Saturday, October 8, 2011

La Dolce Vita: 1950-1960 (Stars and Celebrities in the Italian Fifties at Eataly New York)

NOTE:  Reading this charming, enticing, badly-translated press release this morning unleashed the kind of nostalgia I only feel when seeing images of Anita Ekberg and Brigitte Bardot  in the 1950s.  My first encounters with both these actresses were slightly later, I think (probably initially as references in Mad magazine,which loved them both, but Ms. Ekberg particularly), but Brigitte, Anita and I have journeyed long and far together.  

Should I find myself in Manhattan while these photos are still being shown at Eataly at 200 Fifth Avenue, I will certainly stop in for an inspection and an expresso.   I love seeing exhibitions of interesting, artful work outside the formal precincts of museums or commercial art galleries.   Happy Saturday!

1959, Rome. Anita Ekberg with Shubert, the tailor of stars, at the Palazzo dei Congressi for the Maschera d’Argento awards. Before La dolce Vita, directed by Federico Fellini, Anita Ekberg was already a star. Miss Sweden in 1950, her stunning beauty and the producer Robert Hughes guaranteed her open doors in Hollywood. Her marriage to Anthony Steel in Florence, in 1956, hit the headlines and the glossy magazines presented her as the anti-Sophia Loren. By casting her, Fellini played safe and his choice proved right. Anita became a symbol and her name alone denotes an era.


        84 images, almost completely unpublished and shown for the first time to the American audience, pictures stolen to the next great international movie stars, and in the background, the Italy of the Fifties that reflects itself over the frenzy fans looking for autographs; rites, characters and personalities that would have rendered Italian Fifties a period of great charm and Italy itself an unique place in the world.

       All this is narrated in the exhibition La Dolce Vita. 1950-1960. Stars and Celebrities in the Italian Fifties, curated by Marco Panella, promoted by Ministro del Turismo, Cinecittà - Luce and Artix. After the success of its Roman preview last year, the exhibition will be shown from October 7th to November 14th 2011 at Eataly New York, the charming reign of the made in Italy on the Fifth Avenue.

       The 84 pictures, selected by the curator in the Archivio Storico Luce photographic funds, rebuild an era whose memory has become a peculiar sign of the Italy representation in the world.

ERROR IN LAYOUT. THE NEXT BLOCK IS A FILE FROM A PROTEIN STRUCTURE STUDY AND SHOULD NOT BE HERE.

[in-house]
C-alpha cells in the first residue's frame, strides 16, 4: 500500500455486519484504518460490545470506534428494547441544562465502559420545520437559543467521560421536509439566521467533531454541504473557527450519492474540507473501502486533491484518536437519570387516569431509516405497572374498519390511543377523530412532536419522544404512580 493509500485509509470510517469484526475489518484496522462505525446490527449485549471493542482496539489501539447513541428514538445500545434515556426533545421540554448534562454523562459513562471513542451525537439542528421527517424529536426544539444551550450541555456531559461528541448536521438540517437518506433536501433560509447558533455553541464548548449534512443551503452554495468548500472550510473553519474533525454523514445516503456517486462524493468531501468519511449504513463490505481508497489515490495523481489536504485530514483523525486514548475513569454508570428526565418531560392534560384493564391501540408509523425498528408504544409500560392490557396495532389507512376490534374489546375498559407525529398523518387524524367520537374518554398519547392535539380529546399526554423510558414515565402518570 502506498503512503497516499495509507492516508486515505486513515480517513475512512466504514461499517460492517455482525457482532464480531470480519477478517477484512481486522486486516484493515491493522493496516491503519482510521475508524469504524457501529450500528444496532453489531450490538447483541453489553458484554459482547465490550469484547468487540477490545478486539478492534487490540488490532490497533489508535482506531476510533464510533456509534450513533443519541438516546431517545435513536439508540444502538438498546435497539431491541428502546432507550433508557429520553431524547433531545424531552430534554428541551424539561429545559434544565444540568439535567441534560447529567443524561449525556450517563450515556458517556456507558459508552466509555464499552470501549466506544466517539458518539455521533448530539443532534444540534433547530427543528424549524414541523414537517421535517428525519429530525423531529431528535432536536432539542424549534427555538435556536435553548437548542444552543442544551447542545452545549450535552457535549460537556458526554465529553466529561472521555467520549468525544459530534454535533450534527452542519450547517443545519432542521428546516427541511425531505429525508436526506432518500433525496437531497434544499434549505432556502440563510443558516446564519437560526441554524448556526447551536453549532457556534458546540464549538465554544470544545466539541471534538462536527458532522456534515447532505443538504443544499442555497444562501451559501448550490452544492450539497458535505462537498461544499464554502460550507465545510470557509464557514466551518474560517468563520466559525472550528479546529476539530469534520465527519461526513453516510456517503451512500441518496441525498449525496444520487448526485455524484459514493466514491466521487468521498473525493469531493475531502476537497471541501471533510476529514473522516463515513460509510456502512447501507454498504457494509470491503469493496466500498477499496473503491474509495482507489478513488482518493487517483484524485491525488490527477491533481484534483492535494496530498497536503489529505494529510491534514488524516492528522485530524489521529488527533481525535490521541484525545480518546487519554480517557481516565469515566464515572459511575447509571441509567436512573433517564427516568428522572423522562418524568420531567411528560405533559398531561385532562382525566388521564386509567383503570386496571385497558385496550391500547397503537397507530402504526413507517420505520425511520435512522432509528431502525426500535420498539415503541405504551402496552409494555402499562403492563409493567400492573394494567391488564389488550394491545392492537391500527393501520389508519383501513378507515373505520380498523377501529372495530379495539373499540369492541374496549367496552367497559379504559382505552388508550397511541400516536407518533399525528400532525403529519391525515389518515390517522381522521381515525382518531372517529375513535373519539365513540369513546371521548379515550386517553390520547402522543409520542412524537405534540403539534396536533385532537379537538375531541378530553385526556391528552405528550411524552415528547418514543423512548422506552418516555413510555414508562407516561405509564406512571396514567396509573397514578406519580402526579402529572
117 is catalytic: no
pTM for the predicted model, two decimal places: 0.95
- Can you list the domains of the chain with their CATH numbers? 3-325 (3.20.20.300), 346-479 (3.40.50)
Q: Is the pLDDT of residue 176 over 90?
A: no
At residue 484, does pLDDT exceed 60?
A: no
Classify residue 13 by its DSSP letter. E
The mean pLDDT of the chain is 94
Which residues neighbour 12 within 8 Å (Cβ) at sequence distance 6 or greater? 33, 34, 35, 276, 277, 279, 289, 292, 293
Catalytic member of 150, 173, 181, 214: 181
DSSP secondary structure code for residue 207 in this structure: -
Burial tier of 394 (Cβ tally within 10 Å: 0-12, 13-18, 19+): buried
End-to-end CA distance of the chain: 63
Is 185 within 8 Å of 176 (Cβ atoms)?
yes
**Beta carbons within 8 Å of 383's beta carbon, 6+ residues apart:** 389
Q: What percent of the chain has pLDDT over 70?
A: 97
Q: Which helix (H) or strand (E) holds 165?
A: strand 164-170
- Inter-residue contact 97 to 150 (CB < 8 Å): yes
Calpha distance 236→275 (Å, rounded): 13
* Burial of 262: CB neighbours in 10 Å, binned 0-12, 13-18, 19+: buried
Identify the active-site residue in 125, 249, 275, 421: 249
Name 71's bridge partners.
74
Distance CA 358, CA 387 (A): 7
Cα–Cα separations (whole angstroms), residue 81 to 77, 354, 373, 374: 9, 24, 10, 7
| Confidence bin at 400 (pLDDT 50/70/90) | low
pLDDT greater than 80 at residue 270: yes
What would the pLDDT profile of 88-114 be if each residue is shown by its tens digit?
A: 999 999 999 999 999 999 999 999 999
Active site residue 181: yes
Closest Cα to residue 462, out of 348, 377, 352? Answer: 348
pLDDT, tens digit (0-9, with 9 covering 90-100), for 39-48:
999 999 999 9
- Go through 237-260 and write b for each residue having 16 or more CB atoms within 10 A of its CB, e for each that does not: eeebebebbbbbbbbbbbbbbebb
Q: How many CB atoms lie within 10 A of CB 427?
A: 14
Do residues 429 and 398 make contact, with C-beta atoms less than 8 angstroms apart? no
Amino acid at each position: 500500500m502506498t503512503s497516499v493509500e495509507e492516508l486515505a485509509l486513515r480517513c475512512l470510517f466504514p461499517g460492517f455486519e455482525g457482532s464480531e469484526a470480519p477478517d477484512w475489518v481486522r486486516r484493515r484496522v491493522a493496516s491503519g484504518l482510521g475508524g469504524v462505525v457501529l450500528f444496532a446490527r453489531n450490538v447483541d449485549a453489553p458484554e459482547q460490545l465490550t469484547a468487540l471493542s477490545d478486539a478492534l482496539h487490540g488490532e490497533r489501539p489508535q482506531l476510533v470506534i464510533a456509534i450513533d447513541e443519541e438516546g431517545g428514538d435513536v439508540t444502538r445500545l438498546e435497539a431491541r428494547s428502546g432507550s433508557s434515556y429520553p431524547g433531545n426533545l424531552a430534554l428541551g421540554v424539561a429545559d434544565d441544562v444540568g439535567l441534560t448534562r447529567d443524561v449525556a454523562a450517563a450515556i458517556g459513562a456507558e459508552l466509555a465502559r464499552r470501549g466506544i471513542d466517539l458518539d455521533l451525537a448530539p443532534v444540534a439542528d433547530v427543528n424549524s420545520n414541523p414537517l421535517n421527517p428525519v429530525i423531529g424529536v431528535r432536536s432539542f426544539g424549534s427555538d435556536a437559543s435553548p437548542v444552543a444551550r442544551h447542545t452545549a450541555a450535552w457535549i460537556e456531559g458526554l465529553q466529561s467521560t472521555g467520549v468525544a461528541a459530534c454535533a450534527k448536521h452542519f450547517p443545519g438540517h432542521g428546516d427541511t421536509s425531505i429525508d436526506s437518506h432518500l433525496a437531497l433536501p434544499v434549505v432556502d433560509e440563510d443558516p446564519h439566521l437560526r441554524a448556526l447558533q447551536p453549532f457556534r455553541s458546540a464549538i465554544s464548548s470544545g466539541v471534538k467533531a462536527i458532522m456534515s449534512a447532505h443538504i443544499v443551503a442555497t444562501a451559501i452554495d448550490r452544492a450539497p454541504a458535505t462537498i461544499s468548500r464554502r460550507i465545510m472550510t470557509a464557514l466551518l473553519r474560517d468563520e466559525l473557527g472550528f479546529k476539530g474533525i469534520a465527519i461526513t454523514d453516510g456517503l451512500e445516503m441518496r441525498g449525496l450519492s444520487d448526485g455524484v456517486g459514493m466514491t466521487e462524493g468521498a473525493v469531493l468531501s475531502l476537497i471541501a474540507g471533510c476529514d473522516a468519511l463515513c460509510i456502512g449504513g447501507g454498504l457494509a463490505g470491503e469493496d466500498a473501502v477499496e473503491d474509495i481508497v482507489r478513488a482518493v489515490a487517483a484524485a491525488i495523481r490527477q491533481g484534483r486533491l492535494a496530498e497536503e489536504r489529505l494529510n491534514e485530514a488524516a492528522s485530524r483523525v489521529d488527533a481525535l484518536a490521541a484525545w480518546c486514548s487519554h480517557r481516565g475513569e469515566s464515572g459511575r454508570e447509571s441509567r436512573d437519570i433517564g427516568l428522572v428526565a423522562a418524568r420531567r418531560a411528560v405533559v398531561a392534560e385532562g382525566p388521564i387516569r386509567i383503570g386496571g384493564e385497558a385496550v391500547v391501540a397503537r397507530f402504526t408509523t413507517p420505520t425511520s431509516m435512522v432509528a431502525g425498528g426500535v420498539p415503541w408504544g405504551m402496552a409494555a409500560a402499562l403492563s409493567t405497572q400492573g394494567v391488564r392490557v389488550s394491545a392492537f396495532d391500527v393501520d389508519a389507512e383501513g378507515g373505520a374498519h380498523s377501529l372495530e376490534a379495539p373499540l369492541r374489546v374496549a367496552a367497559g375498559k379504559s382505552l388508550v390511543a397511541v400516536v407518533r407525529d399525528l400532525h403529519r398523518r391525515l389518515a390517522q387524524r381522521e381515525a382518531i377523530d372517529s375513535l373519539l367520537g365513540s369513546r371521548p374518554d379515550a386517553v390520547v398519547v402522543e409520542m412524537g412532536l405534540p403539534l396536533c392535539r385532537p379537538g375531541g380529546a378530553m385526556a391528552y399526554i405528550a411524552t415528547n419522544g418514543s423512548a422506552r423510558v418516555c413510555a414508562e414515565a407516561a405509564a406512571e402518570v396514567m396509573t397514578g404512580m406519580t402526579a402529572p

It’s Italy, a moment before it changes forever, that is represented in the pictures, narrated through charm and beauty, key lecture for telling a Country that, while following with passion celebrities scandals and gossip, looks confidently at the future and improves its social condition.

       Between the celebrities that in those years animated social life and charm in a Rome competing with Hollywood for the international star system, many Americans arrived with the majors that shot their Kolossal in Cinecittà.

       At the same time, many talented Italian actors and actresses – amongst the others Anna Magnani, Sophia Loren, Gina Lollobrigida, Rossano Brazzi, Elsa Martinelli – crossed the Ocean in order to shoot in Hollywood; Italian cinema receives in those years, from the Academy Awards, the Oscar to Vittorio De Sica (1948, Sciuscià and 1950, Ladri di biciclette), Federico Fellini (1956, La strada and 1957, Le notti di Cabiria), Anna Magnani (1956, La rosa tatuata) and Sophia Loren (1962, La ciociara).

      “New York is an elective location for this exhibition” says Marco Panella “ ideal in order to witness and pay homage to that strong link that, in the Fifties, Italian habits and society has had with United States.” “Telling Italian Fifties – continues Panella – is like telling a Nation in its light-heartened youth; a charming and moving tale, sometimes naïve, everybody is fascinated by; a tale that keeps on rendering an extremely attractive image of our Country.”

       The exhibition, so suggestive in its powerful images, represents a promotional tool for travel in Italy, even more seductive for a demanding public, able to recognize, taste and appreciate the intense emotions of a. Dolce Vita images, proposed in a highly appreciated location as Eataly is, are an ideal tool able to motivate New Yorkers – so attentive to the Italian brand – to live an everlasting myth

1956, RomeBrigitte Bardot at a press conference at the Grand Hotel


  1. Curtis, nice lampshades in that bottom shot.

    We are enjoying this delightful post here in the pre-dawn dark, wondering what might possibly be in the mind of that bespectacled man seen to the right of BB...?

  2. Thank you. I wondered about that also. I really love these photos and photos like this generally. The first time Caroline and I visited Madrid together when we were still in our twenties, we had dinner at a lovely cave-like restaurant called La Baracca, which was reputed to have the best paella in the city. The walls were filled with shots that reminded me of these -- photos of people like Cary Grant, Prince Rainier, Tyrone Power, Gina Lolabridgida (sp.?) at play in Spain. All in black and white, the kind of thing that Hello! magazine occasionally does so well today if you can sort through the irrelevant material. Anyway, the photos and the thought of seeing more of them while drinking good coffee lifts my spirits. Curtis